Anti-bribery and corruption warranties should be considered the norm on Asian deals. Indeed, despite certain Asian jurisdictions showing favorably in Transparency International’s Corruption Perceptions Index, we would recommend that purchasers seek “ABC” warranty protection on all Asian deals, regardless of jurisdiction.

There can be considerable variety in the standard to which management accounts warranties in Asian deals are given, with “true and fair view” (the audit standard) commonly seen. It seems unlikely that this can be correct.

Returning to the theme of Asia being a melting pot of legal influences, it is common to see warranties in relation to the accuracy of the information provided to the buyer (we saw this warranty in 47 percent of deals) and warranties in relation to the completeness and adequacy of the information provided (we saw this in 36 percent of deals). Indeed, so far as this type of warranty is concerned, Asia might be seen as a halfway house between Australia (where these warranties are common, featuring in around 70 percent of deals) and England, where sellers typically resist such warranties.  Similarly, there is a split between warranties given on an indemnity basis (the US model) and warranties where contractual damages based on loss (the English law model) are the prescribed remedy. Japan leads the way among Asian jurisdictions in the adoption of indemnity backing for warranties, again indicating that Japan takes its lead from the US where M&A practice is concerned.

Viewed as a whole, the monetary caps on liability and time limits for bringing claims are quite consistent with international standards: 100 percent of the purchase price and 3 years for title warranties, 30 percent of the purchase price and 18 months for general warranties, and 30 percent of the purchase price and 3-7 years for tax warranties. However, analyzing median or mode numbers fails to show the considerable disparity between caps and time limits across Asian deals, some of which fall well outside international norms. Also notable is the number of deals (around 20-30 percent) which have no financial cap on liability or time limit for bringing claims whatsoever, leaving the seller with unlimited exposure save perhaps for statutory limitations, if available. This situation arises mainly on PRC deals. The story is the same with regard to de minimis and basket thresholds, which vary greatly in reality (and often do not exist at all), although when the mode number is taken, they track the internationally accepted rules of thumb of 0.1 percent of purchase price for de minimis and 1 percent of purchase price for the basket, which in over 80 percent of cases is a tipping basket enabling a buyer to claim “from the ground up” provided the basket threshold is satisfied.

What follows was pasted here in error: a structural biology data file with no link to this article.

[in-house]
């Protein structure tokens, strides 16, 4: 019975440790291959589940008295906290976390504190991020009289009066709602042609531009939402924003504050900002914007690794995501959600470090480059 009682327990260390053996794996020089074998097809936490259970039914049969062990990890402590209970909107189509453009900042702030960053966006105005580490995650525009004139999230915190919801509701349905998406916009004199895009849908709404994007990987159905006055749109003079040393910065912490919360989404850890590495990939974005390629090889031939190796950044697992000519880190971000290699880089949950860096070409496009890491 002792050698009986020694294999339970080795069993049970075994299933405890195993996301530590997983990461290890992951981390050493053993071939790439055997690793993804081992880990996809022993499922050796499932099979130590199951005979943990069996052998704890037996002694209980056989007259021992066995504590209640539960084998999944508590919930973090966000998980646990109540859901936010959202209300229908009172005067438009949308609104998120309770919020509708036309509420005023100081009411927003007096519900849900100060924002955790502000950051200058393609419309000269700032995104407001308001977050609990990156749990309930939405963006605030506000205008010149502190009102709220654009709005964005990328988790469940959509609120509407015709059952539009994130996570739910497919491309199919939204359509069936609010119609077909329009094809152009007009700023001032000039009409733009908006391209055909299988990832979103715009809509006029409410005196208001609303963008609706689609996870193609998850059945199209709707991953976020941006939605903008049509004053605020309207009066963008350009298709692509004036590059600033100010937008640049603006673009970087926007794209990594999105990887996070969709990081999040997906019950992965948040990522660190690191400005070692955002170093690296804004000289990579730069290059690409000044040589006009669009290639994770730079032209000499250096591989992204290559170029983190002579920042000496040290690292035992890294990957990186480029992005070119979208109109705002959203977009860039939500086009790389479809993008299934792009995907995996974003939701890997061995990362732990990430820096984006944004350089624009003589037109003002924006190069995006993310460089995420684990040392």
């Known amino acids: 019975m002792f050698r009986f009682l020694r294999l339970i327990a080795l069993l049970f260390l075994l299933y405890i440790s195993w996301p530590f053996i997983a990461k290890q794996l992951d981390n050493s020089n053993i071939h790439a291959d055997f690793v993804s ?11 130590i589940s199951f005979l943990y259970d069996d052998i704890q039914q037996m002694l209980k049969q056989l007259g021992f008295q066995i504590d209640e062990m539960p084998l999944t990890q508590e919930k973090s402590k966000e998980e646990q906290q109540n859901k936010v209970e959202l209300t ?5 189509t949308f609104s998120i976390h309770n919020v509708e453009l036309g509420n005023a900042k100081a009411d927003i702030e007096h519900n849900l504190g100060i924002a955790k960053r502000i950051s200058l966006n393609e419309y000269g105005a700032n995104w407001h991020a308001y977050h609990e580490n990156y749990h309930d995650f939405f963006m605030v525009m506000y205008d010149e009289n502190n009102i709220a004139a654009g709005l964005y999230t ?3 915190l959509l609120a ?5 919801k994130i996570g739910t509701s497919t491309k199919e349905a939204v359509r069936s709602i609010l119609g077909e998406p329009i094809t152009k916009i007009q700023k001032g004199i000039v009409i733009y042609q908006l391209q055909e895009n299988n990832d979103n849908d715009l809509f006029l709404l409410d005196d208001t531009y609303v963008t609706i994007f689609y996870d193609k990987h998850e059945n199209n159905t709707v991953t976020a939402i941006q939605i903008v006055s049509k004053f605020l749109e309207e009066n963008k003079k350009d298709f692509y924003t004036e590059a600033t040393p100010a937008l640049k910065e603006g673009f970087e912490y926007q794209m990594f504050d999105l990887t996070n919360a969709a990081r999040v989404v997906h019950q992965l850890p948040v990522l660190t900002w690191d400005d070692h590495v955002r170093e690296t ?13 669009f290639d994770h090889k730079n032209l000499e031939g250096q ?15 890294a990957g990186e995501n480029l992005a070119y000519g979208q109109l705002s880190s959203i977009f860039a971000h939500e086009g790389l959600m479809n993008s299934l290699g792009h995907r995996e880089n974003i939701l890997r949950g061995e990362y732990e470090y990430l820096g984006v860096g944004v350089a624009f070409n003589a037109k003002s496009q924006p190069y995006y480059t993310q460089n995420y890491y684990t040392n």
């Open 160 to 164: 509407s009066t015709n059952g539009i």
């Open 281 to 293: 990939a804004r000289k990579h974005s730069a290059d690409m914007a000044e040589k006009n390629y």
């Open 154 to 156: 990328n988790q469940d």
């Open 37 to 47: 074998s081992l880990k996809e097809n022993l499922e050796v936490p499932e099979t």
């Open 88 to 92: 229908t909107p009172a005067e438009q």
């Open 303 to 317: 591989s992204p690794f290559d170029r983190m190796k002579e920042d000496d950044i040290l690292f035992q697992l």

Reliance on general disclosures (in particular, public searches) is not so prevalent in Asian deals (only 44 percent of deals). One reason for this is that in certain jurisdictions, public searches are not terribly reliable or up-to-date. Surprisingly however, even in developed jurisdictions such as Hong Kong, where public searches are available online and updated regularly, sellers are failing to push for simple general disclosures to reduce their exposure. Where disclosure is made, the concept of “fair disclosure”, based on traditional English law principles, is typically applied and defined in the SPA.

Deal protection mechanisms

Deposits are relatively seldom seen on Asian deals, although they are commonly used where a real estate holding company is sold, as the parties tend to replicate the periodic payments that would occur if the asset alone were acquired.

Interest in the use of escrows is growing. Since most international law firms do not offer this service in Asia, banks or corporate service providers are required. However, the time and effort required to satisfy these service providers’ KYC requirements, as well as the substantial cost of the escrow itself, often mean that the escrow idea is ultimately shelved. Indeed, we only see escrow used in around 14 percent of Asian deals. Simple purchase price retention mechanisms are seen even less frequently.

Dispute resolution

The choice of dispute resolution forum is extremely important in Asian transactions. For cross-border deals, it is generally advisable to choose arbitration over court litigation because: (i) the parties can choose a specialist to decide their case rather than being at the mercy of whichever non-specialist judge is allocated; (ii) judges in some Asian jurisdictions are not as independent or impartial as they should be; (iii) arbitration proceedings are confidential, whereas court proceedings are generally public, and (iv) since the vast majority of countries in Asia are signatories to the New York Convention, arbitral awards are enforceable in most other Asian jurisdictions, which cannot be said for court judgements. The Singapore International Arbitration Centre and Hong Kong International Arbitration Centre are by far the most established and preferred arbitration centers in the region and both have excellent reputations.